In Frankfurt, death is all around. I dropped in to pay my respects to the European Central Bank, now magnificently rehoused on the edge of the city in what used to be the fruit and vegetable market. The market halls, of Bauhaus design, have been lovingly restored, with two new connected, symmetrical towers, narrowing towards the 40th floor, attached. It is one of the most inspiring pieces of modern architecture I know, with magnificent views of the Taunus Hills from the upper reaches, where Mario Draghi and his colleagues perch. The style is austere but accommodating, which might well be how they would like to describe their monetary policy.
So where does death come in? Well it turns out that the basement of the vegetable market was rented out to the Nazi government two days a week and used to assemble Jews en route to the camps. There is a convenient railway line passing by. The ECB has a thoughtful display commemorating the dark side of the building’s past on the ground floor.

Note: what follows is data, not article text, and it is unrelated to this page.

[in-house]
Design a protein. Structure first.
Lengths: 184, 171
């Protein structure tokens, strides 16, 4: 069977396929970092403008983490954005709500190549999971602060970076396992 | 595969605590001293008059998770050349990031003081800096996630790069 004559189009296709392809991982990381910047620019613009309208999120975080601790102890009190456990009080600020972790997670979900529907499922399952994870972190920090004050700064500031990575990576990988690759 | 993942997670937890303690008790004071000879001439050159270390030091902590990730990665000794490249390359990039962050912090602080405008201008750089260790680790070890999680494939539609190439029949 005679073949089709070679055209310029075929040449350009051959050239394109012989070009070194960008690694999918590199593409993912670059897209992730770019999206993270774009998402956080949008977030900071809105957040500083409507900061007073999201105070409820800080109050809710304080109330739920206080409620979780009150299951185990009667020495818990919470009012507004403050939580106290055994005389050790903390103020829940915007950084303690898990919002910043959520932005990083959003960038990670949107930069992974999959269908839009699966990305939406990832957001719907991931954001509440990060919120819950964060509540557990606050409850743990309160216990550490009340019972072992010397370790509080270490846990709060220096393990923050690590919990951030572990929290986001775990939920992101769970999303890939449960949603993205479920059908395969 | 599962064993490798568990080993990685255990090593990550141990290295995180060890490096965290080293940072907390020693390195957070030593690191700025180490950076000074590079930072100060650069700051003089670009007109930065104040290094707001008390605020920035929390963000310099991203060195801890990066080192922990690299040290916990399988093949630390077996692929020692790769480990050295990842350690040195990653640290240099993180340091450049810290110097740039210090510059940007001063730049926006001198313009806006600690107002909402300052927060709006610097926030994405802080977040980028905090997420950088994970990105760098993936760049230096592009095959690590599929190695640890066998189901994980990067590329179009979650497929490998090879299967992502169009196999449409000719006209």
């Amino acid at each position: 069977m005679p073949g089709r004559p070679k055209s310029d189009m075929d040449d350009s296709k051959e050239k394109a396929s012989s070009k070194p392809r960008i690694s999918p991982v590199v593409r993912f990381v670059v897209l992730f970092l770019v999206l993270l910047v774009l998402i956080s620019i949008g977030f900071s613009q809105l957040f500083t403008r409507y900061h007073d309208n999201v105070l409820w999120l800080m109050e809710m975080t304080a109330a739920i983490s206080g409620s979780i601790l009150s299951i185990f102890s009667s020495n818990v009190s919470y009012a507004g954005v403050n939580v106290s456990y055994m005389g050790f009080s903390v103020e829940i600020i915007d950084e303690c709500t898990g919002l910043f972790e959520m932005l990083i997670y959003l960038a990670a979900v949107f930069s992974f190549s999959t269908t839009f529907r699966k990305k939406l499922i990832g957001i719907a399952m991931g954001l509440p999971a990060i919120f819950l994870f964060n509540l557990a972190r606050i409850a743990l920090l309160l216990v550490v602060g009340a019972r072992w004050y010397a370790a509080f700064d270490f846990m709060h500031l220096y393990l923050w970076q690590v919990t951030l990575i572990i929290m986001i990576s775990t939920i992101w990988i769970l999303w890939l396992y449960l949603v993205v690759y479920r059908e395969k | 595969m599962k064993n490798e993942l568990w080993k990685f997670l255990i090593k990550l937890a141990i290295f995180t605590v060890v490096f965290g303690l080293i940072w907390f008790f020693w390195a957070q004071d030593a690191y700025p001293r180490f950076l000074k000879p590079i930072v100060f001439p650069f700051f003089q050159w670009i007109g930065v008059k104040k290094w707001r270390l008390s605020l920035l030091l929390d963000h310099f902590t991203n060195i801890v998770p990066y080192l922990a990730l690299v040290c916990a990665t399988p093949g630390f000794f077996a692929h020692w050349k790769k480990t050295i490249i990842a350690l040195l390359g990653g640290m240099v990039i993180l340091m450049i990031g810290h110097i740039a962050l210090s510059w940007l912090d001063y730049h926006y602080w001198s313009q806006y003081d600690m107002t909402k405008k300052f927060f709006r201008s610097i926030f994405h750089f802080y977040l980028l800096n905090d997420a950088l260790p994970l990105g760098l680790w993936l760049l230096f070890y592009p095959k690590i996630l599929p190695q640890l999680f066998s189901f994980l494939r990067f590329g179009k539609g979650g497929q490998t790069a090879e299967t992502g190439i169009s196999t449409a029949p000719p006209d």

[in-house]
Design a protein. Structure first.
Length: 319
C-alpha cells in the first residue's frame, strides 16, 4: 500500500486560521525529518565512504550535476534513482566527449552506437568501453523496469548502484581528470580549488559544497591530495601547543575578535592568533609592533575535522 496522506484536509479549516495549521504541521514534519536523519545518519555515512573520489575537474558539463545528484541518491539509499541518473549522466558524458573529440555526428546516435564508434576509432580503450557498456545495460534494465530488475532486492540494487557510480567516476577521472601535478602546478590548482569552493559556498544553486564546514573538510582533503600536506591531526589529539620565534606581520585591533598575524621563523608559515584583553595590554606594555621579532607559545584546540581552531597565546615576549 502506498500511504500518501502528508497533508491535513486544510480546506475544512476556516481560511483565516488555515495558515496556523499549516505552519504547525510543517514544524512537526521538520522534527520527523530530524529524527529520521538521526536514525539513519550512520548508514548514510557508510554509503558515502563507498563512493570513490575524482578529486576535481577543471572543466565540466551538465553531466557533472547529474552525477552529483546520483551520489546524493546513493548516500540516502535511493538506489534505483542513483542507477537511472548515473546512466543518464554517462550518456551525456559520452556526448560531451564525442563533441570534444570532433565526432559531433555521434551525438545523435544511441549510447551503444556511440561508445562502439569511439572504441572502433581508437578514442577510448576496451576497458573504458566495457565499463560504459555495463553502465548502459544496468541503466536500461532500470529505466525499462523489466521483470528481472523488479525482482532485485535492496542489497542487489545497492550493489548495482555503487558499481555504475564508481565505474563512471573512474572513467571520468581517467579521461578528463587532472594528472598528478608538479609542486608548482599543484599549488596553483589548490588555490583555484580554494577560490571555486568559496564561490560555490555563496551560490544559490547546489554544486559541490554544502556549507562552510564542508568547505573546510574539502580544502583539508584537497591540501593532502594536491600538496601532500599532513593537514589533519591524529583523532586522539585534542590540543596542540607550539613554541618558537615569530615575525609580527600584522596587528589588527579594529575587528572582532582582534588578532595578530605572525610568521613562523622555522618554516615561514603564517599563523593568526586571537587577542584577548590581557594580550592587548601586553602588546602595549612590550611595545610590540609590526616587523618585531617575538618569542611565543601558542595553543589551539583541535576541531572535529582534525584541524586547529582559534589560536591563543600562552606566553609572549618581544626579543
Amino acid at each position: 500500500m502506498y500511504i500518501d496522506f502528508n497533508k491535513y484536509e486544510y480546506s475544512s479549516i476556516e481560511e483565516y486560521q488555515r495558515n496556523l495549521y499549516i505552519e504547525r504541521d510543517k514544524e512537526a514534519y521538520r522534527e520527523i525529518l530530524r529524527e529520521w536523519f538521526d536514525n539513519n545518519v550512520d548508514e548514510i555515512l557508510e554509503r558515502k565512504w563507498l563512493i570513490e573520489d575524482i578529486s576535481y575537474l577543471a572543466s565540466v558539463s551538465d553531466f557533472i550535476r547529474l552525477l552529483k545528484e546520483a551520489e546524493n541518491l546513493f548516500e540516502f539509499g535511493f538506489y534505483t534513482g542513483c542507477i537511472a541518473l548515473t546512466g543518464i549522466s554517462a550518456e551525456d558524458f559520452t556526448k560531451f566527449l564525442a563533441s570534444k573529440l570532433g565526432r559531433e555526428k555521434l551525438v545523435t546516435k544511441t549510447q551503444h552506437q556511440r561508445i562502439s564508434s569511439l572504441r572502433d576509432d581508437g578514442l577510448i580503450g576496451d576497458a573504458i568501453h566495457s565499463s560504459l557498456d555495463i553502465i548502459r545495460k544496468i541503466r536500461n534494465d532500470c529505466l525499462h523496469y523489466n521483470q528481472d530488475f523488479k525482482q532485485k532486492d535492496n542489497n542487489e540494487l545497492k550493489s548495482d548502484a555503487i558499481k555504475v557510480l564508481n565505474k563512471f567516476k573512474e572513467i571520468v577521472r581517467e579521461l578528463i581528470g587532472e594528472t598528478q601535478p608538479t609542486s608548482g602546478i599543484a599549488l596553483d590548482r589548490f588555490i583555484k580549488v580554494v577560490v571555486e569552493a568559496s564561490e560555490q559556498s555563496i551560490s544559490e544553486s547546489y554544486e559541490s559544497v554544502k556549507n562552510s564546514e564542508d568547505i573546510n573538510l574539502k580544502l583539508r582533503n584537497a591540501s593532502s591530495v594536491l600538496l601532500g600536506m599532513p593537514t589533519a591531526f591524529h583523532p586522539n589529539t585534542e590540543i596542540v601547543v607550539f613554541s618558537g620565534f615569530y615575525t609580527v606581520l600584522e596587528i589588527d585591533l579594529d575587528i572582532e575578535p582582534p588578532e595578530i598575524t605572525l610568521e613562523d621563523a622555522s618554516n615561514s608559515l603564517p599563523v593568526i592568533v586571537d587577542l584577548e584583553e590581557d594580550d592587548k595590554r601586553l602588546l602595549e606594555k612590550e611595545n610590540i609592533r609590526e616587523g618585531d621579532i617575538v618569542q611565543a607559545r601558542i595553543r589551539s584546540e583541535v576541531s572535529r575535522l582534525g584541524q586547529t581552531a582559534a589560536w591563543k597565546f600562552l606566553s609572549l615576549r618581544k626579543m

Unfortunately, the brand new HQ is already too small. No one expected the ECB to expand as much as it has. Banking Union, and the so-called Single Supervisory Mechanism, has brought small armies of supervisors to Frankfurt. If banking supervision floats your boat, the banks of the Main are the place to be these days. The ECB teams oversee banks from Dublin to Piraeus and are based, curiously, in the Japan Tower downtown. But then I guess the Japanese know a lot about over-geared banks stuffed with non-performing property loans.